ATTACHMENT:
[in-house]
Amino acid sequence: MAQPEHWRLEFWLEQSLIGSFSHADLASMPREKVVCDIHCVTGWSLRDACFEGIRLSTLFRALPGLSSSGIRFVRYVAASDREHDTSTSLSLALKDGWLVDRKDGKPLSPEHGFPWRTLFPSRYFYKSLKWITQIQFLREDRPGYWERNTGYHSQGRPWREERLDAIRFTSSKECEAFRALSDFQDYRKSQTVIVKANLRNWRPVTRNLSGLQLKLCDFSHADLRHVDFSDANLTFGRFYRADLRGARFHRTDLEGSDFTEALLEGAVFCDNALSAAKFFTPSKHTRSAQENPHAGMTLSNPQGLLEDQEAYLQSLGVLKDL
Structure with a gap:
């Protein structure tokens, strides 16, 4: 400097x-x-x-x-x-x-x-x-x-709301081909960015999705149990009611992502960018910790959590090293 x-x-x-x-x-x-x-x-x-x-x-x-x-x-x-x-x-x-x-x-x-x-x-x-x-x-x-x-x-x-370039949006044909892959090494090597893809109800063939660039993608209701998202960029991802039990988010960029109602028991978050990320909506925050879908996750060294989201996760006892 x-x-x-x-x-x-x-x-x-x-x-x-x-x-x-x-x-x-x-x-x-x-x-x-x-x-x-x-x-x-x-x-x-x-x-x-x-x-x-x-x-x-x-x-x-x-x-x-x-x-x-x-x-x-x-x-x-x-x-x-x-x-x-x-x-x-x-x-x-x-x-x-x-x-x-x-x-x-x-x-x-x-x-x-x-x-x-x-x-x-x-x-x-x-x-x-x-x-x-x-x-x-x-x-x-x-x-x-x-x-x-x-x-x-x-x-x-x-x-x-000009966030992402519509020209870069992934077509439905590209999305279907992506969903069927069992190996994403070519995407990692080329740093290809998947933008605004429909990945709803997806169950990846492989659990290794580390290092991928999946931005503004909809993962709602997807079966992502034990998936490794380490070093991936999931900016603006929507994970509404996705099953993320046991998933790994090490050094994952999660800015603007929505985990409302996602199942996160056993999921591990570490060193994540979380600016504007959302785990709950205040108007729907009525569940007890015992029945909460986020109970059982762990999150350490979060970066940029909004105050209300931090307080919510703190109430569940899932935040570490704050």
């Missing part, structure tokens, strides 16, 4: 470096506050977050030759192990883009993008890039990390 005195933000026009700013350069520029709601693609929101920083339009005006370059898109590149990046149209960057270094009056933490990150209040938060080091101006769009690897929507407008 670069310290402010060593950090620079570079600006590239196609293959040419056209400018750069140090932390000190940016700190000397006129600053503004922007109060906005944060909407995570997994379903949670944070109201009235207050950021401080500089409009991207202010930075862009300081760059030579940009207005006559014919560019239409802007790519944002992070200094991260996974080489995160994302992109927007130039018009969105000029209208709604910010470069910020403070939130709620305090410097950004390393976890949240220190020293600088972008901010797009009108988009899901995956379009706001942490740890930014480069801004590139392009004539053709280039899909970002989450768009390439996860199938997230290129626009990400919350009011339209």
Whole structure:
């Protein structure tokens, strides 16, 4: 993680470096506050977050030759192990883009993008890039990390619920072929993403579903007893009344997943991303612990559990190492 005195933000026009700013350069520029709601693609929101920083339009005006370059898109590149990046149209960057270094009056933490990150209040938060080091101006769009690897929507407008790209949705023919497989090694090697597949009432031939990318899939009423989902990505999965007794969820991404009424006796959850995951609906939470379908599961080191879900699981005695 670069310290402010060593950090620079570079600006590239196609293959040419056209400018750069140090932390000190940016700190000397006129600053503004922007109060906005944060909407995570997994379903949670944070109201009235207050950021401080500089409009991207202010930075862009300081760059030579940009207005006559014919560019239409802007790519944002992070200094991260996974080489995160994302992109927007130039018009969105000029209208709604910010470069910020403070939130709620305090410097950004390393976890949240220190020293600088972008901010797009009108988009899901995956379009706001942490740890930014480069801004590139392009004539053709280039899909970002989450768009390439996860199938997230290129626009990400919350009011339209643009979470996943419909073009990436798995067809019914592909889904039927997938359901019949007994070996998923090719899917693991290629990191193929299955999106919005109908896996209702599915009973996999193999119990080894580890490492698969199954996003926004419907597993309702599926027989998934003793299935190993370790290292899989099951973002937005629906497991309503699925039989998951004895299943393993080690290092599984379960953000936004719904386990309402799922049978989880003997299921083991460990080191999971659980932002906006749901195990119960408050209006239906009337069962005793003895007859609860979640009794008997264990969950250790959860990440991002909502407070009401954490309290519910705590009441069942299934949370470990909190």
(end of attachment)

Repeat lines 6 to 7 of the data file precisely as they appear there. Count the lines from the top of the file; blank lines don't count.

Whole structure:
């Protein structure tokens, strides 16, 4: 993680470096506050977050030759192990883009993008890039990390619920072929993403579903007893009344997943991303612990559990190492 005195933000026009700013350069520029709601693609929101920083339009005006370059898109590149990046149209960057270094009056933490990150209040938060080091101006769009690897929507407008790209949705023919497989090694090697597949009432031939990318899939009423989902990505999965007794969820991404009424006796959850995951609906939470379908599961080191879900699981005695 670069310290402010060593950090620079570079600006590239196609293959040419056209400018750069140090932390000190940016700190000397006129600053503004922007109060906005944060909407995570997994379903949670944070109201009235207050950021401080500089409009991207202010930075862009300081760059030579940009207005006559014919560019239409802007790519944002992070200094991260996974080489995160994302992109927007130039018009969105000029209208709604910010470069910020403070939130709620305090410097950004390393976890949240220190020293600088972008901010797009009108988009899901995956379009706001942490740890930014480069801004590139392009004539053709280039899909970002989450768009390439996860199938997230290129626009990400919350009011339209643009979470996943419909073009990436798995067809019914592909889904039927997938359901019949007994070996998923090719899917693991290629990191193929299955999106919005109908896996209702599915009973996999193999119990080894580890490492698969199954996003926004419907597993309702599926027989998934003793299935190993370790290292899989099951973002937005629906497991309503699925039989998951004895299943393993080690290092599984379960953000936004719904386990309402799922049978989880003997299921083991460990080191999971659980932002906006749901195990119960408050209006239906009337069962005793003895007859609860979640009794008997264990969950250790959860990440991002909502407070009401954490309290519910705590009441069942299934949370470990909190």